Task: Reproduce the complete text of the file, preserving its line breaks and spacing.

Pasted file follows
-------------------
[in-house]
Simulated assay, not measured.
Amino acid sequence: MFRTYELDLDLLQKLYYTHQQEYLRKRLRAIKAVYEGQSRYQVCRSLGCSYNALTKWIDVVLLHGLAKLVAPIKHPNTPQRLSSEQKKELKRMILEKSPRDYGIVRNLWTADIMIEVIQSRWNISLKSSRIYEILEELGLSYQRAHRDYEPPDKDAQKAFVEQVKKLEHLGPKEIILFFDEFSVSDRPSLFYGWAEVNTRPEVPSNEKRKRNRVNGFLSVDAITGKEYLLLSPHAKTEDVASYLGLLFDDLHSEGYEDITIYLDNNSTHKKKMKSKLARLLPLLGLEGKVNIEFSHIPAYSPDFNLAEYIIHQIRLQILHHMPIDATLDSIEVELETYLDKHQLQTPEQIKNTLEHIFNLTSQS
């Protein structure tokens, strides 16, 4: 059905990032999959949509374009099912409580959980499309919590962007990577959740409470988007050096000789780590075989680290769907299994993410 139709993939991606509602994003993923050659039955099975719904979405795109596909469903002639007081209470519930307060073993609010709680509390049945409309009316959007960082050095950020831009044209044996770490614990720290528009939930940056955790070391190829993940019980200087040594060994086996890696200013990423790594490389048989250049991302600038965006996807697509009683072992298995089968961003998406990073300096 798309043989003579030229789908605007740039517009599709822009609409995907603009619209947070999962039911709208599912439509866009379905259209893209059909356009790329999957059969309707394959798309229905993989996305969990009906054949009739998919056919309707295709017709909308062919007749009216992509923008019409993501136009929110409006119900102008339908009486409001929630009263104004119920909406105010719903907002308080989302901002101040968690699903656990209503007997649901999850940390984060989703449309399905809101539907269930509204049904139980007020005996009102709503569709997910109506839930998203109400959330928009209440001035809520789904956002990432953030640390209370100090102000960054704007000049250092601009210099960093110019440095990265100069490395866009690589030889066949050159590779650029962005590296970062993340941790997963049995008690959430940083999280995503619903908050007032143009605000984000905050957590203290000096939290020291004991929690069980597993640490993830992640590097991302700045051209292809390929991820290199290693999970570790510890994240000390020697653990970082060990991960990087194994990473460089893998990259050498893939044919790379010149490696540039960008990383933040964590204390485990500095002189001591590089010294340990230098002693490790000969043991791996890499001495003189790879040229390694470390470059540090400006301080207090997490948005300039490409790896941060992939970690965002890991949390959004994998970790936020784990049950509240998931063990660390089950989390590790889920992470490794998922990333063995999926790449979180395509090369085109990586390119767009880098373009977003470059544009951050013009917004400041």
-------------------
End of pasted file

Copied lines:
[in-house]
Simulated assay, not measured.
Amino acid sequence: MFRTYELDLDLLQKLYYTHQQEYLRKRLRAIKAVYEGQSRYQVCRSLGCSYNALTKWIDVVLLHGLAKLVAPIKHPNTPQRLSSEQKKELKRMILEKSPRDYGIVRNLWTADIMIEVIQSRWNISLKSSRIYEILEELGLSYQRAHRDYEPPDKDAQKAFVEQVKKLEHLGPKEIILFFDEFSVSDRPSLFYGWAEVNTRPEVPSNEKRKRNRVNGFLSVDAITGKEYLLLSPHAKTEDVASYLGLLFDDLHSEGYEDITIYLDNNSTHKKKMKSKLARLLPLLGLEGKVNIEFSHIPAYSPDFNLAEYIIHQIRLQILHHMPIDATLDSIEVELETYLDKHQLQTPEQIKNTLEHIFNLTSQS
């Protein structure tokens, strides 16, 4: 059905990032999959949509374009099912409580959980499309919590962007990577959740409470988007050096000789780590075989680290769907299994993410 139709993939991606509602994003993923050659039955099975719904979405795109596909469903002639007081209470519930307060073993609010709680509390049945409309009316959007960082050095950020831009044209044996770490614990720290528009939930940056955790070391190829993940019980200087040594060994086996890696200013990423790594490389048989250049991302600038965006996807697509009683072992298995089968961003998406990073300096 798309043989003579030229789908605007740039517009599709822009609409995907603009619209947070999962039911709208599912439509866009379905259209893209059909356009790329999957059969309707394959798309229905993989996305969990009906054949009739998919056919309707295709017709909308062919007749009216992509923008019409993501136009929110409006119900102008339908009486409001929630009263104004119920909406105010719903907002308080989302901002101040968690699903656990209503007997649901999850940390984060989703449309399905809101539907269930509204049904139980007020005996009102709503569709997910109506839930998203109400959330928009209440001035809520789904956002990432953030640390209370100090102000960054704007000049250092601009210099960093110019440095990265100069490395866009690589030889066949050159590779650029962005590296970062993340941790997963049995008690959430940083999280995503619903908050007032143009605000984000905050957590203290000096939290020291004991929690069980597993640490993830992640590097991302700045051209292809390929991820290199290693999970570790510890994240000390020697653990970082060990991960990087194994990473460089893998990259050498893939044919790379010149490696540039960008990383933040964590204390485990500095002189001591590089010294340990230098002693490790000969043991791996890499001495003189790879040229390694470390470059540090400006301080207090997490948005300039490409790896941060992939970690965002890991949390959004994998970790936020784990049950509240998931063990660390089950989390590790889920992470490794998922990333063995999926790449979180395509090369085109990586390119767009880098373009977003470059544009951050013009917004400041």